Upon closer examination, Jimmy’s purpose in the movie appears ambiguous. Is he intended as the emblematic “good egg” in a sea of rotten yolks, a standard symbol of “good versus bad” inserted to alleviate the already pitch-black atmosphere reeking of blood? Or is he a counter-piece in a showglass of self-forgiveness, serving as a lesson on how it–or the lack thereof–can make or mar a man, just like it did Obi?
Whichever it is, Lateef Adedimeji’s impeccable performance lends credence to either perspective. Renowned for his commanding presence on screen, Lateef is the type of actor whose impact may go unnoticed until he graces the screen.
By the conclusion of “Egun,” you are forcefully reminded of why he is regarded as one of the most distinguished actors in Nollywood. His portrayal of Jimmy adds layers to the character’s complexity, leaving the audience captivated and reflecting on the nuances of morality and redemption within the narrative.
“Egun” fuses the horror genre and didacticism into a two-hour tragedy that leaves the audience bloated with satisfaction. Two men, one calabash, and an office building are all it takes for it to deliver.
The constant switch from humor to tragedy, reminiscent of Hollywood storytelling, is as seamless as its switch from present to past. You can almost tell that writers Kayode Kasum and Dare Olaitan and director Carmen Ike Okoro drew a bit of inspiration from “The Belko Experiment,” to contribute to the film’s eerie atmosphere, with the red flashing lights, office setting and stakes not dissimilar to the 2016 blockbuster.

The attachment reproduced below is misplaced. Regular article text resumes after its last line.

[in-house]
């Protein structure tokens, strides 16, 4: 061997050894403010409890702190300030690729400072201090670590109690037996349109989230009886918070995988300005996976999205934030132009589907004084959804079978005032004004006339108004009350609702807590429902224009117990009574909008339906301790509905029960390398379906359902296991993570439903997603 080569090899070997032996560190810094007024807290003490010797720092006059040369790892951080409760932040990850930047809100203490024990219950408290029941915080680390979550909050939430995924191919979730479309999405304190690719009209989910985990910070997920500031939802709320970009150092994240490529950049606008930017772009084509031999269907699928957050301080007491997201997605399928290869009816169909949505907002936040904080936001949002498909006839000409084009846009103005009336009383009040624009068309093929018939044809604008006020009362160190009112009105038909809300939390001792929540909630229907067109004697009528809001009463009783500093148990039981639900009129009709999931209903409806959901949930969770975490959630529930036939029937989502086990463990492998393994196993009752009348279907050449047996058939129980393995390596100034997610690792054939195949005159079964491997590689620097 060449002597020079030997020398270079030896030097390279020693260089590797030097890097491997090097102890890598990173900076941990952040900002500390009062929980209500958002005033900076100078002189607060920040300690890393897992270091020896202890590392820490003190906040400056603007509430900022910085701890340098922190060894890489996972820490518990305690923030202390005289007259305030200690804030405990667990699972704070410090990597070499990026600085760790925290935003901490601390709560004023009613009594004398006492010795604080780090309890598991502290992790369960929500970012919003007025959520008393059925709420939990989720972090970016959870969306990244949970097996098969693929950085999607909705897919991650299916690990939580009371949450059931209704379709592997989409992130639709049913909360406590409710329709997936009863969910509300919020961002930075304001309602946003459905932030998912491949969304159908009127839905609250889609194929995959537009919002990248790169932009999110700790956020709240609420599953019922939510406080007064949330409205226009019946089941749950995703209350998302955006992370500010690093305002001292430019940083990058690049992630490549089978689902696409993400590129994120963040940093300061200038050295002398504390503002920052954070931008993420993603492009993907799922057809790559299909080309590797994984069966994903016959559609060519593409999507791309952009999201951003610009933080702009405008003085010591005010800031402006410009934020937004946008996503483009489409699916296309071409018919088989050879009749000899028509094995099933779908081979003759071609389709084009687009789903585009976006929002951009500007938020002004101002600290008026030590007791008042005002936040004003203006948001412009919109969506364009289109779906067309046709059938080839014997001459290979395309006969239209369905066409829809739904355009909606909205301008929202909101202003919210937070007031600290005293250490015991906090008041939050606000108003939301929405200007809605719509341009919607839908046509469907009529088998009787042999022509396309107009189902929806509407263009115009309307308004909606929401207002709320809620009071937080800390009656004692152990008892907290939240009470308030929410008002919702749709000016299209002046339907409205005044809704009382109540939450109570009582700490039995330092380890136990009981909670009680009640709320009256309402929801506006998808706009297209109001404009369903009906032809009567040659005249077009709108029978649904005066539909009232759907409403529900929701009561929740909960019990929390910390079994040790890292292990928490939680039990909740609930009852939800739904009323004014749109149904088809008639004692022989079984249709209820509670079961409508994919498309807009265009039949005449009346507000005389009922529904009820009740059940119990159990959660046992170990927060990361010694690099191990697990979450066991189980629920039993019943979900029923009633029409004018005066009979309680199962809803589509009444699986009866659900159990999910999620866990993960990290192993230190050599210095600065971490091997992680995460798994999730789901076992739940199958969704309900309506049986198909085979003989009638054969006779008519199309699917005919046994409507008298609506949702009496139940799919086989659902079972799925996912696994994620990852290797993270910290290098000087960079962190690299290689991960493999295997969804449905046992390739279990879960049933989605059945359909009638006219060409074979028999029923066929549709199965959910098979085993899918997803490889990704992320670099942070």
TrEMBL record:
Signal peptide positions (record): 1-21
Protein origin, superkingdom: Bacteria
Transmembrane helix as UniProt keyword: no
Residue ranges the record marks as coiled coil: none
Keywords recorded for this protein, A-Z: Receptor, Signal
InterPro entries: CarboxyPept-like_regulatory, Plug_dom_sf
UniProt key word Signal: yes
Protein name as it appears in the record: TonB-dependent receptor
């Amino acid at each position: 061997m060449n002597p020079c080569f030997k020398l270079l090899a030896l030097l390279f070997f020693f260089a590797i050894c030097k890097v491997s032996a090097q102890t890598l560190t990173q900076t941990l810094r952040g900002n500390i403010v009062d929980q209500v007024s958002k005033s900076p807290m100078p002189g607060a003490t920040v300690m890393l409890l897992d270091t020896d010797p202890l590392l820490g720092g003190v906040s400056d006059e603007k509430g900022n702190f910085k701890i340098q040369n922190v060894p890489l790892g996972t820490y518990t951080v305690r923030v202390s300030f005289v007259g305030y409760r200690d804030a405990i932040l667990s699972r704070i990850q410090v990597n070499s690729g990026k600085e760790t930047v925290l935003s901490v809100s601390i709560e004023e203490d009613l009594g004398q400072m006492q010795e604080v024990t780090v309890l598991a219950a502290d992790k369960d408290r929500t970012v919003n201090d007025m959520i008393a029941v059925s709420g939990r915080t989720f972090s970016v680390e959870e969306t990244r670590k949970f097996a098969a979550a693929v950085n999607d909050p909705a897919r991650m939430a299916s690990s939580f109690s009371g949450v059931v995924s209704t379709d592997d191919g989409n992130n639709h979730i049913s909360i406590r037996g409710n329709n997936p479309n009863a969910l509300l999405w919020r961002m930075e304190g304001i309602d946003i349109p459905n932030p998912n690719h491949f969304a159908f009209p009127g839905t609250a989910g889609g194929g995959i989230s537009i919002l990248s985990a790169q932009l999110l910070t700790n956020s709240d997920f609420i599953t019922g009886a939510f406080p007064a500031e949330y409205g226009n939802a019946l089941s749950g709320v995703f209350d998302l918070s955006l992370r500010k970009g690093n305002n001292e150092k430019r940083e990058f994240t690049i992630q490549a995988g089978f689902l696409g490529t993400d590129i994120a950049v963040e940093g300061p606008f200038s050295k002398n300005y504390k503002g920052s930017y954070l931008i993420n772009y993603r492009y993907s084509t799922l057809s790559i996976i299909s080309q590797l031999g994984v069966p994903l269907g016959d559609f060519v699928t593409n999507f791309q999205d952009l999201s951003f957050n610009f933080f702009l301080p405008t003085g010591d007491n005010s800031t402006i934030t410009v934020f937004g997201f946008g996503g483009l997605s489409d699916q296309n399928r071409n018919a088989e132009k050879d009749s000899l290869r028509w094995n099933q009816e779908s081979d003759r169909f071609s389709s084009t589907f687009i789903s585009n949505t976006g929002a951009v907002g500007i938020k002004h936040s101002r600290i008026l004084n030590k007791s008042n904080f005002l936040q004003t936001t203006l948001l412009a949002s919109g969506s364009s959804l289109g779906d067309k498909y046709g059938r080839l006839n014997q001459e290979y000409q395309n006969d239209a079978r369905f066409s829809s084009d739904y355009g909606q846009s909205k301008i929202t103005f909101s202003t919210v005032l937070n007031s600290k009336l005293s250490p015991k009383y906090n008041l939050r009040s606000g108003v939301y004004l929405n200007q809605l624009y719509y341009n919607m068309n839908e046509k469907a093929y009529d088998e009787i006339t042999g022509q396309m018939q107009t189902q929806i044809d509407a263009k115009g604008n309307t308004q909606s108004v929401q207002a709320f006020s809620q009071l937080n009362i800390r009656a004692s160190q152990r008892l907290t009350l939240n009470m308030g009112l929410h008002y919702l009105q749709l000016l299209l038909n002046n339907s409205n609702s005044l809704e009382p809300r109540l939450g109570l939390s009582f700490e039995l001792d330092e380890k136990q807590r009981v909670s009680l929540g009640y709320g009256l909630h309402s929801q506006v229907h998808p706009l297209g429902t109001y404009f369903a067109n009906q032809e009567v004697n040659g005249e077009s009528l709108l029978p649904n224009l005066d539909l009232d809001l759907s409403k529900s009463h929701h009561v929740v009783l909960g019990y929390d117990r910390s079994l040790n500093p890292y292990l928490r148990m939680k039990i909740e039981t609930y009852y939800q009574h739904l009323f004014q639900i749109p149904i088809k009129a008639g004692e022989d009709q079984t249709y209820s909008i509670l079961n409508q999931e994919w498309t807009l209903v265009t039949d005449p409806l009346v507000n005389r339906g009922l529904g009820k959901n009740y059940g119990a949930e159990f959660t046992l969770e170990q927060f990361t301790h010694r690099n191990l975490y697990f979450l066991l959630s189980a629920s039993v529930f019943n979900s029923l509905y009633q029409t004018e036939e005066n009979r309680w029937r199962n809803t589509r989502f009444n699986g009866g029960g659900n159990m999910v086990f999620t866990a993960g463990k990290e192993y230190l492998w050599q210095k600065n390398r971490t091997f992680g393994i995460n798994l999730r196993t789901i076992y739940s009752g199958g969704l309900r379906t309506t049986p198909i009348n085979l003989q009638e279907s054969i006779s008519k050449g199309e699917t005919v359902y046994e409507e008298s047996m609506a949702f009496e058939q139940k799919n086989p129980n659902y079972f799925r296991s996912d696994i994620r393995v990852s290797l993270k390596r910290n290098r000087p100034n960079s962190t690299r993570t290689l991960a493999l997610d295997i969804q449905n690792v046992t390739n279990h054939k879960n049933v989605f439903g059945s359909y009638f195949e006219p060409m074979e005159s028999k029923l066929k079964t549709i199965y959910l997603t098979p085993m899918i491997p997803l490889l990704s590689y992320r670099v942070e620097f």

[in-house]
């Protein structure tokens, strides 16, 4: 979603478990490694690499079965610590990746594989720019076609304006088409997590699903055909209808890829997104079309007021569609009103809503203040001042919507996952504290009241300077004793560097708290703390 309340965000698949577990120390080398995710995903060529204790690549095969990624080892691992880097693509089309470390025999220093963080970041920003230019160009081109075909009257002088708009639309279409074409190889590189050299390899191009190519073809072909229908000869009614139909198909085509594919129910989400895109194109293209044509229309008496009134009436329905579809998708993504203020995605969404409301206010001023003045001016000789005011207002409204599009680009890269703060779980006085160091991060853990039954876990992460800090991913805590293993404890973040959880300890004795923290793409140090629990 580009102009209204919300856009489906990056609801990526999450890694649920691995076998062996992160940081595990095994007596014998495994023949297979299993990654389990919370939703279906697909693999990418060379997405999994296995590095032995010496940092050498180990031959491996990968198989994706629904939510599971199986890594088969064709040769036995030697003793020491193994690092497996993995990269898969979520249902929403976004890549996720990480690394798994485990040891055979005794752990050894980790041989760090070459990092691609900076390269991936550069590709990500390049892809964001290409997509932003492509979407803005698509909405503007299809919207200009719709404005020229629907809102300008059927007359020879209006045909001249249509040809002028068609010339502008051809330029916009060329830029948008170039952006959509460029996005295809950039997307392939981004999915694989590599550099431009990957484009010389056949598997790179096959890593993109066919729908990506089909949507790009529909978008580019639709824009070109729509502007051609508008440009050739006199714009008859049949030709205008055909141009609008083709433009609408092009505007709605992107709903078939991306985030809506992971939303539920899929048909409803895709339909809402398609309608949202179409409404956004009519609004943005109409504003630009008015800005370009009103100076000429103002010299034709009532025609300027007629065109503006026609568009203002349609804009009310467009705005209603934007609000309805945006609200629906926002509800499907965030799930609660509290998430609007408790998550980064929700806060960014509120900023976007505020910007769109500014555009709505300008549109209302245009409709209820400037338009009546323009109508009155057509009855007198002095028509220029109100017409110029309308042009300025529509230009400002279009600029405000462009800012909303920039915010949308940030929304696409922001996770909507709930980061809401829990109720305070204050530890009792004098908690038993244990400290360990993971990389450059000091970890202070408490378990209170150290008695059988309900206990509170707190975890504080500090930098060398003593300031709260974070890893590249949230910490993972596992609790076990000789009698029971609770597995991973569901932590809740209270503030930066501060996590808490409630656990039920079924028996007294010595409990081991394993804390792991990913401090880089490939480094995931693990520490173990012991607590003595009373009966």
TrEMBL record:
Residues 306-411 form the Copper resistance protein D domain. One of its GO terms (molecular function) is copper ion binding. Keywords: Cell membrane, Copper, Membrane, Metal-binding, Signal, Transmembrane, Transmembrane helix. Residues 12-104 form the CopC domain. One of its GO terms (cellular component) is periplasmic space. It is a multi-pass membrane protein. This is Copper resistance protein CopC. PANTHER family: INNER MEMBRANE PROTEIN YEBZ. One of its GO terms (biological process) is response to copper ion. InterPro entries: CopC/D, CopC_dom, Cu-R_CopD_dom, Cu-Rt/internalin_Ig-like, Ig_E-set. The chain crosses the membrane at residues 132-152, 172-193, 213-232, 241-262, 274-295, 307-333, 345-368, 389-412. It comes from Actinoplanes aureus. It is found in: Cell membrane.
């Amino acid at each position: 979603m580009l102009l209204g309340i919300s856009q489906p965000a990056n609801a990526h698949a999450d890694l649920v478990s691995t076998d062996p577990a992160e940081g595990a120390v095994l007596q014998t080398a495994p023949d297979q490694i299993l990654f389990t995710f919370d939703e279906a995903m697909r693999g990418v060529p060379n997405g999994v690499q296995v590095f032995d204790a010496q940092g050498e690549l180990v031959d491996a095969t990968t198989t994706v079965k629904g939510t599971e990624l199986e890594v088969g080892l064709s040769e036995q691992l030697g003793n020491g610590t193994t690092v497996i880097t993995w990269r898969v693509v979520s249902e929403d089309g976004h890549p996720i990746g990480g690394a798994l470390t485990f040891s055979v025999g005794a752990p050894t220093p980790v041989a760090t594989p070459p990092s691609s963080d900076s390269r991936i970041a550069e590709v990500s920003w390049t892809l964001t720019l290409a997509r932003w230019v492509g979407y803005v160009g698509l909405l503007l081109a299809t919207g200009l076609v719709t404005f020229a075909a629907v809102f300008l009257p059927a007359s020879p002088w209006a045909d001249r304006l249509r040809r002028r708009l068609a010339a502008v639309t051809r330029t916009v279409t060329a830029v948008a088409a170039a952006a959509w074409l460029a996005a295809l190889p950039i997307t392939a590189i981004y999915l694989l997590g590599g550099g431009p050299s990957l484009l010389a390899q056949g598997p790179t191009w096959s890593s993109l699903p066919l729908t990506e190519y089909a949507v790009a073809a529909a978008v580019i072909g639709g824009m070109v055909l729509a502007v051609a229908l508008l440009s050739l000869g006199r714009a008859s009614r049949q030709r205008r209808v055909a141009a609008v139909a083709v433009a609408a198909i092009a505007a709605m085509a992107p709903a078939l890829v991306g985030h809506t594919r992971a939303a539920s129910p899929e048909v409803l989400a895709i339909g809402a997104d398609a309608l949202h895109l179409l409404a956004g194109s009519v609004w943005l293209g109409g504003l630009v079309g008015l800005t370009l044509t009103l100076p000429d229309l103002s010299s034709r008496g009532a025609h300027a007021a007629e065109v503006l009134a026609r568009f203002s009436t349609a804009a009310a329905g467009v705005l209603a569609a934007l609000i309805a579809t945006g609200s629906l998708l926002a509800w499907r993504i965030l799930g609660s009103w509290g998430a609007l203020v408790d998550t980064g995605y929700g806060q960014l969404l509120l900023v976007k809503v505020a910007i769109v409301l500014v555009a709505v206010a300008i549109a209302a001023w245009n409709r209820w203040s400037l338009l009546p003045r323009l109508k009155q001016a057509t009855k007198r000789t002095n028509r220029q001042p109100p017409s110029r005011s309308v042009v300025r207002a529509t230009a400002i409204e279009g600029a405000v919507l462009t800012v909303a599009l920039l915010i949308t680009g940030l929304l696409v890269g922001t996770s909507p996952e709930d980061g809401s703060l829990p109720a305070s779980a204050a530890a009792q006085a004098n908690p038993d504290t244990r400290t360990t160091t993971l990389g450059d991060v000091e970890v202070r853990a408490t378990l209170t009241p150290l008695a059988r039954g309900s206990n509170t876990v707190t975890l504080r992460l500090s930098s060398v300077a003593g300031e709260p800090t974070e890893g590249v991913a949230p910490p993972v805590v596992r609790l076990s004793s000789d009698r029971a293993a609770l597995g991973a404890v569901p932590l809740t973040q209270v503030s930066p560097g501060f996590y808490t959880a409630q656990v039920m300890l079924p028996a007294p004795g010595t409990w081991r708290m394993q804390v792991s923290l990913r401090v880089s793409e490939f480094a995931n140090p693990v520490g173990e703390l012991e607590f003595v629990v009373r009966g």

Carmen Ike Okoro maintains an unyielding tempo, ensuring a streamlined flow. Divided chapters serve as a guiding mechanism to walk the viewer through the thought process. This is a wise choice seeing that this strategic technique has the power to compress the perception of time, making a two-hour movie feel as though it was half that—a feat reminiscent of the immersive experience achieved in “Zack Snyder’s Justice League” (2021).
The title (translating to “curse” in Yoruba) goes beyond representing the literal embodiment of the charm; it encapsulates the nemesis unwittingly forged by the hands of oppressors. “What is the Nigerian dream”? the movie provocatively asks. Escape? Close. Vengeance on the ruling class? Bullseye.
Ironically–and unfortunately–this thoughtful choice of title could potentially be a drawback. There is a concern that “Egun” might struggle to break free from the stereotypes associated with old Nollywood. One would not put it past the ever-critical Nigerian audience, who are always quick to draw conclusions from the title, synopsis, and poster, to dismiss it as just another generic Nollywood horror, with “juju” and black magic plastered all over.
Hopefully, this is not the case, and the public see “Egun” for what it truly is: a masterpiece worthy of horror-king James Wan’s stamp of approval.
Release Date: November 10, 2023
Runtime: 2 hours
Streaming Service: None Cinematic Release
Director: Carmen Ike Okoro
Cast: Lateef Adedimeji, Gideon Okeke, Veeiye, Femi Jacobs, Olarotimi Fakunle, Ibrahim Yekini, Tomike Adeoye, Uzor Arukwe, Omowunmi Dada, Bolaji Ogunmola, Ejiro Onojaife, and Darasimi Nadi